And Michael Jackson, whose catalog was recently valued at $1.2 billion? I rest my case.

The list goes on — and on, and on, and on.

Indeed, the list is filled with extreme meltdowns,  murderous rampages, descents into insanity, suicides, and too many debilitating drug and alcohol addictions to count. It’s a depressingly checkered past, and a stark reminder that flawed human beings — just like us — are on that stage.

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Perhaps an AI compositional platform can perfectly concoct the music for a chase scene in 1.4 seconds. But for the biggest stars and the fans who love them, is it ever just ‘all about the music’?

And that goes for the happily non-screwed-up artists as well. Perhaps in a sign of positive societal change, many of the biggest music superstars today — Taylor Swift, Drake, Beyonce, Olivia Rodrigo, Ed Sheeran, Dua Lipa — aren’t defined by their vices but by their togetherness. They show up on time, stay healthy and kick ass.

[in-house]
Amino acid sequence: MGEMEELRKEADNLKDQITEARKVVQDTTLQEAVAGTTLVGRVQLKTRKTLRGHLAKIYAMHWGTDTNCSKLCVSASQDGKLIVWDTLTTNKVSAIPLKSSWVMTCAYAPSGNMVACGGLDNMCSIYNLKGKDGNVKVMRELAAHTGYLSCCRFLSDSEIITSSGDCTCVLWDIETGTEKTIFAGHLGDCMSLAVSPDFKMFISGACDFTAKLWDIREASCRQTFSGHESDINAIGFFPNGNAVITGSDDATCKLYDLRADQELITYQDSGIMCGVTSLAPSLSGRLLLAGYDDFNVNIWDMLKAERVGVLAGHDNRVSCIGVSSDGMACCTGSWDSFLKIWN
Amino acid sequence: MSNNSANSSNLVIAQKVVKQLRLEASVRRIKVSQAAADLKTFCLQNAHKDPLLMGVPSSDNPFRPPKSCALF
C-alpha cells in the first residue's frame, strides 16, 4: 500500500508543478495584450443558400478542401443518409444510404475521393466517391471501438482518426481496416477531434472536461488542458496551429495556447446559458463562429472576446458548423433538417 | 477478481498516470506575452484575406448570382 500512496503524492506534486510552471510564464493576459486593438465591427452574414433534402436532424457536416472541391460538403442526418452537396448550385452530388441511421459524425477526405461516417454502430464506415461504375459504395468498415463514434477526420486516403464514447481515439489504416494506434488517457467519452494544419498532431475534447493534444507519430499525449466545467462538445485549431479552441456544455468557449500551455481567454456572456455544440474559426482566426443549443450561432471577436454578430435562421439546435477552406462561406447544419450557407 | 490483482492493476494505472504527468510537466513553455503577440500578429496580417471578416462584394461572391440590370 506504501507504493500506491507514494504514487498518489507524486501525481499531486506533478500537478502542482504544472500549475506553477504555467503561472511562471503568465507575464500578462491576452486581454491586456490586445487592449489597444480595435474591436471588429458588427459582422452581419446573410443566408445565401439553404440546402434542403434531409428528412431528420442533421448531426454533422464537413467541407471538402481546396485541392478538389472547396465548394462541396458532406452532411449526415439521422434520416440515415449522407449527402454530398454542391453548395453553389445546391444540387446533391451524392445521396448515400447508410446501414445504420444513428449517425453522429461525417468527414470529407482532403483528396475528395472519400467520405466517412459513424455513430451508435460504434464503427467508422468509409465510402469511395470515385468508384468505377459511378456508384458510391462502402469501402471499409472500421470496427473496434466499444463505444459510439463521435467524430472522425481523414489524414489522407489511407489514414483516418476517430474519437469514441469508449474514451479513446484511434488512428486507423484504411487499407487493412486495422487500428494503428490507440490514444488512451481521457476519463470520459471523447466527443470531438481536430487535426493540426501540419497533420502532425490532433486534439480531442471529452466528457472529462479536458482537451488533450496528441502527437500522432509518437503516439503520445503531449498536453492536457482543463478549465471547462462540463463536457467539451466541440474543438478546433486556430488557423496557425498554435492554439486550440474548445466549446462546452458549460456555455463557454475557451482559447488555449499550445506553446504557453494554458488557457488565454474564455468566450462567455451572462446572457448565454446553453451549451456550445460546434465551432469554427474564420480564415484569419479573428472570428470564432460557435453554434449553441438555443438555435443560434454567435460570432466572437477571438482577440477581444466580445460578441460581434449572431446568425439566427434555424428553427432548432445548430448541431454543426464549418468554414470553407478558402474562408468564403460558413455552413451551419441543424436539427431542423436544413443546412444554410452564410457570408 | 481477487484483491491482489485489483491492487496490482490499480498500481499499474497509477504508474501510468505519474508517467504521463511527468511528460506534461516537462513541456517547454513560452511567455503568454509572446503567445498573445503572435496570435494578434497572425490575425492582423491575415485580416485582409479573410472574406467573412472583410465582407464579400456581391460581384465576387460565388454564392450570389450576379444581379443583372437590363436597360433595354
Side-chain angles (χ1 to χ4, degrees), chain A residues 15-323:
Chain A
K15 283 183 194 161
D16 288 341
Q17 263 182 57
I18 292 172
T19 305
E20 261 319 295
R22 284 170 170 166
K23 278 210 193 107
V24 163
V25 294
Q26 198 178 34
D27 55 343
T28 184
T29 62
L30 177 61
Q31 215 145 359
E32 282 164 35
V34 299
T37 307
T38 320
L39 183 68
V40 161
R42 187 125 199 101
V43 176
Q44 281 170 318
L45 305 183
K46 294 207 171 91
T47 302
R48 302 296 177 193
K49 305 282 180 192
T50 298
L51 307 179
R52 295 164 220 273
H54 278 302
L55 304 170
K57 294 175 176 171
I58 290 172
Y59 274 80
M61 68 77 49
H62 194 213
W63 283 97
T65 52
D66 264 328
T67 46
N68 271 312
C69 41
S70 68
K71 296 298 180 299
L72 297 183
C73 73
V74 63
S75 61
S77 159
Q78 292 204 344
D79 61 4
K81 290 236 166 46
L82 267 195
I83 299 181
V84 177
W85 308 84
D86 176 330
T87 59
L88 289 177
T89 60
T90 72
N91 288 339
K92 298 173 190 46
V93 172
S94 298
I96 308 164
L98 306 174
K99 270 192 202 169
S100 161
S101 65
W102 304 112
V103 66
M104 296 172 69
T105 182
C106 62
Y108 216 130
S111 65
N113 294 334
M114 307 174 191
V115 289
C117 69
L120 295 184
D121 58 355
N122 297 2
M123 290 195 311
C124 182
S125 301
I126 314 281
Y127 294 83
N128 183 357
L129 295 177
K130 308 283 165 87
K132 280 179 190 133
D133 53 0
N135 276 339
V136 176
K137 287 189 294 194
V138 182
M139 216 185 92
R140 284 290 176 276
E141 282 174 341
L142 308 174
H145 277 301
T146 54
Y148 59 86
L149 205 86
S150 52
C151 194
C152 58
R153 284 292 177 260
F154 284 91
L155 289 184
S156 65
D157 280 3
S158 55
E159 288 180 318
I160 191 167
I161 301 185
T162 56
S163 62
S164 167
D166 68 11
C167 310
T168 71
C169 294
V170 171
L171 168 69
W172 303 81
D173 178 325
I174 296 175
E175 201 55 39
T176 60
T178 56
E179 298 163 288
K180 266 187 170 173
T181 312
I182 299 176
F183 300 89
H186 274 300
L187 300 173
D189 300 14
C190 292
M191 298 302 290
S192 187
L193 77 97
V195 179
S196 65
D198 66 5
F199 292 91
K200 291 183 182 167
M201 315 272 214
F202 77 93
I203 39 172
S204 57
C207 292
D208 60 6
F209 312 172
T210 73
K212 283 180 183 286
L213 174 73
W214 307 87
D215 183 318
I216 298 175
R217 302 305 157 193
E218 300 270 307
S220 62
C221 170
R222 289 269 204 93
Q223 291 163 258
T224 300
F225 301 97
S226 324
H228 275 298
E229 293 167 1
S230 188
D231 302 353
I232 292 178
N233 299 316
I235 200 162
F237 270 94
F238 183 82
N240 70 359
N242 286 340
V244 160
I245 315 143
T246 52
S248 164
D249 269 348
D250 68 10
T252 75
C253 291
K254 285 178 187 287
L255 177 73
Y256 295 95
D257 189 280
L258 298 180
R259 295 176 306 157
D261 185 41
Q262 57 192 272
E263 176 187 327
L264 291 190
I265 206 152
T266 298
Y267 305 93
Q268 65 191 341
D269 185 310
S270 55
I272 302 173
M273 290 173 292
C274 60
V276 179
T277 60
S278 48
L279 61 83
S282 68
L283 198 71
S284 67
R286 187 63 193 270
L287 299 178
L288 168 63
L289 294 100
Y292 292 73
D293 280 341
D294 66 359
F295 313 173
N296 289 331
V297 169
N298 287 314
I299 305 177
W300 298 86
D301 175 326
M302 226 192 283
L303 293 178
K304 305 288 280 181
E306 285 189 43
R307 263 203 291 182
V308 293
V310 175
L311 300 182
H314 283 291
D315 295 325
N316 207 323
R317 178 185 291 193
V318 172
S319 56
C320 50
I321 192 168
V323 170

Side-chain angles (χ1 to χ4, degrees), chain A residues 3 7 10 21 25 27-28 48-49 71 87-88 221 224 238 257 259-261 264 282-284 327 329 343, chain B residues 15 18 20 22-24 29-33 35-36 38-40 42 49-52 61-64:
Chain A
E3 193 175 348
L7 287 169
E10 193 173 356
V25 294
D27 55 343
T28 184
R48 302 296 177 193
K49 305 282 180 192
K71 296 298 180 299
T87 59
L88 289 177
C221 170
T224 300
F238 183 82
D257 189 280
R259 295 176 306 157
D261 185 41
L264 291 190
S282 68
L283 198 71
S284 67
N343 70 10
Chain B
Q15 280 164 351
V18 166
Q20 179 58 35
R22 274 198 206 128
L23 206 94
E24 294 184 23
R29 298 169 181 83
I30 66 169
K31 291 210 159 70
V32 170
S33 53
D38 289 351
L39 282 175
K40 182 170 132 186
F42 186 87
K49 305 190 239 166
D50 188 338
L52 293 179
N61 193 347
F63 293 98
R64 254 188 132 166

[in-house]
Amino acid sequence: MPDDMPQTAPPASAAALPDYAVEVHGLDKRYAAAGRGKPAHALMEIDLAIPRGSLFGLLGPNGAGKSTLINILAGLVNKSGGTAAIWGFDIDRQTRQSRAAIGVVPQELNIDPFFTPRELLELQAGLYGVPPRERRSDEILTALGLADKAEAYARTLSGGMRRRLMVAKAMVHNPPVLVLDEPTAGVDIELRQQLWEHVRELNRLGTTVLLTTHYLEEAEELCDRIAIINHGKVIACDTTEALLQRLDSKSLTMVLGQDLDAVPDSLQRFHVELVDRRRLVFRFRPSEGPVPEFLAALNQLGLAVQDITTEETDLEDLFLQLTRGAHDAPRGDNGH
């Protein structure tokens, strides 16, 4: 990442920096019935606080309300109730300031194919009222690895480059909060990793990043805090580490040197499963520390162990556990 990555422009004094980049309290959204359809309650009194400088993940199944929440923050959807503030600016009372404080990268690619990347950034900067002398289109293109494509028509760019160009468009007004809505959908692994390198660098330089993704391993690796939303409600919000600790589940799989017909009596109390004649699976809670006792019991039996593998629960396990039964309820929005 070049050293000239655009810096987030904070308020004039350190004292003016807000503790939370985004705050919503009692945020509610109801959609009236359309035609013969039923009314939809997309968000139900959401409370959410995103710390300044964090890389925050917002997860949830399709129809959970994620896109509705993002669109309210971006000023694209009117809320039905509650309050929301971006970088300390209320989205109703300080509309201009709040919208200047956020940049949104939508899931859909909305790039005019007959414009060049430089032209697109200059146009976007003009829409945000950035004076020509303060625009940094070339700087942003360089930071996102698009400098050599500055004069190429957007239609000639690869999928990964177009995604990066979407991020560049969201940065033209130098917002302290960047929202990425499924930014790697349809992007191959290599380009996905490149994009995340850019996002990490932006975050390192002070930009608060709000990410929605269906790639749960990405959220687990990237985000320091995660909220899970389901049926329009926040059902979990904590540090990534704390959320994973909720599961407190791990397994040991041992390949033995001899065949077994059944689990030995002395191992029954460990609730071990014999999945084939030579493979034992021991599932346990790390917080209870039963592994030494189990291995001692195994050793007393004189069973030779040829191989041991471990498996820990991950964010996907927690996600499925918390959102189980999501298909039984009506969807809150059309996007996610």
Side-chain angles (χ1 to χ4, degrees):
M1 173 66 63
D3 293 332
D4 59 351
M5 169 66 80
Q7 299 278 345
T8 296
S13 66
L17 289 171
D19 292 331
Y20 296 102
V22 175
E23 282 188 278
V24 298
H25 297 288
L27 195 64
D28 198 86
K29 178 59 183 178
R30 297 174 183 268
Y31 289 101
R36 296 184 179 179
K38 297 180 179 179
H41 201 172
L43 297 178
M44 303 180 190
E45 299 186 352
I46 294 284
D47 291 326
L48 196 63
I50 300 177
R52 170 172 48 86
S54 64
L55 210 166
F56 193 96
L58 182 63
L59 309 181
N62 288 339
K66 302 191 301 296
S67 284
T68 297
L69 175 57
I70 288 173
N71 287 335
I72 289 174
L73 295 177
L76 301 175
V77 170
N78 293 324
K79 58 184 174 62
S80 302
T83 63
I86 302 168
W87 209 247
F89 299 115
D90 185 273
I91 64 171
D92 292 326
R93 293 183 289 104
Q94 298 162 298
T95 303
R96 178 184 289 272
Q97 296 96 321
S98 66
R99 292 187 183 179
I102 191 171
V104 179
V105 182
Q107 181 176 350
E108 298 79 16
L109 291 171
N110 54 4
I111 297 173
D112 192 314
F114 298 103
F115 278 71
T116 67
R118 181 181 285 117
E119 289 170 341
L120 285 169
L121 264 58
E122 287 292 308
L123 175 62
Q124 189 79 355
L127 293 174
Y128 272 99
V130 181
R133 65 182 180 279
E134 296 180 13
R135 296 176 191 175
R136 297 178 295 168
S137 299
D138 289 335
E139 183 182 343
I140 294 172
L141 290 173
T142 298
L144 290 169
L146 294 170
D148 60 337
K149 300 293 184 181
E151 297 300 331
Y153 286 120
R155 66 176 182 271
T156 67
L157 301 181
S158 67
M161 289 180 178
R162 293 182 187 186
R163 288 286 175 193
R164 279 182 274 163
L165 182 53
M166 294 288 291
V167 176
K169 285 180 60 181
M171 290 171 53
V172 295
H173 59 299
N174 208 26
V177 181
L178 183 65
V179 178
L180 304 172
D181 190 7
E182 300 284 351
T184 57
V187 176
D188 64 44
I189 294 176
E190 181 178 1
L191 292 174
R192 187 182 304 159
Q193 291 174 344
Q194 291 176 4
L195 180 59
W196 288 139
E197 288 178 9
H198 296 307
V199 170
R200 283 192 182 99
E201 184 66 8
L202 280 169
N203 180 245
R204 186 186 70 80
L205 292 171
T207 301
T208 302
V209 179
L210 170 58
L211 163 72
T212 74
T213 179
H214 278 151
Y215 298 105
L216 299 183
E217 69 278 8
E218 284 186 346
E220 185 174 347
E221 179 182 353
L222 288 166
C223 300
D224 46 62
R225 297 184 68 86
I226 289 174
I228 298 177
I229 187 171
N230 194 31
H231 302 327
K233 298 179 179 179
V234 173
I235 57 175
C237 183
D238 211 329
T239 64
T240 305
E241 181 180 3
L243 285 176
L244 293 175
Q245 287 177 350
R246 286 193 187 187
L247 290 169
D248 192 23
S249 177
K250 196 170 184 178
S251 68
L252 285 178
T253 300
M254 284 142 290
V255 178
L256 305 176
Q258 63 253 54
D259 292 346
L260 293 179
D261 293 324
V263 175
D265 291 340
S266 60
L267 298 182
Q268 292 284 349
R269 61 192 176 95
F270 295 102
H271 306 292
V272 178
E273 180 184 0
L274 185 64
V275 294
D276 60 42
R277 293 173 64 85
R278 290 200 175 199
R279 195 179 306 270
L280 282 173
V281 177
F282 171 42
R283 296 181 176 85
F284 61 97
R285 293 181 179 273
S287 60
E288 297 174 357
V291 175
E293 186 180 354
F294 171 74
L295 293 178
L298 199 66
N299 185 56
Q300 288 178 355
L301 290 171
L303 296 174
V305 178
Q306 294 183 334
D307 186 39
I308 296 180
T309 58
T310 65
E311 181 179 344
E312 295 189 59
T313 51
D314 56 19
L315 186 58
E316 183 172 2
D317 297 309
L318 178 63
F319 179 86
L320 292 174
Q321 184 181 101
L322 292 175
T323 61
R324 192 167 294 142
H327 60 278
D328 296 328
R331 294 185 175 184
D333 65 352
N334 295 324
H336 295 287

(That’s not to say there aren’t troubled artists out there, but maybe we’re doing better these days.)

But the real connection goes far beyond the music and into the relatability, the human charisma, and the feeling that despite the searing levels of celebrity, there’s still a human that sleeps, eats, drinks, screws up, and even gets dumped — just like you.

Even if you hate them and wish they didn’t get so much airtime at Chiefs games, that’s engagement — you’re sucked in. There’s a connection, not just to the artist but the entire culture surrounding them.

What’s true in music may also be true for other areas of entertainment, including sports. We love a comeback because it’s human. A hole-in-one shot by an AI-powered humanoid would be a novelty, not a daring exploit for the ages.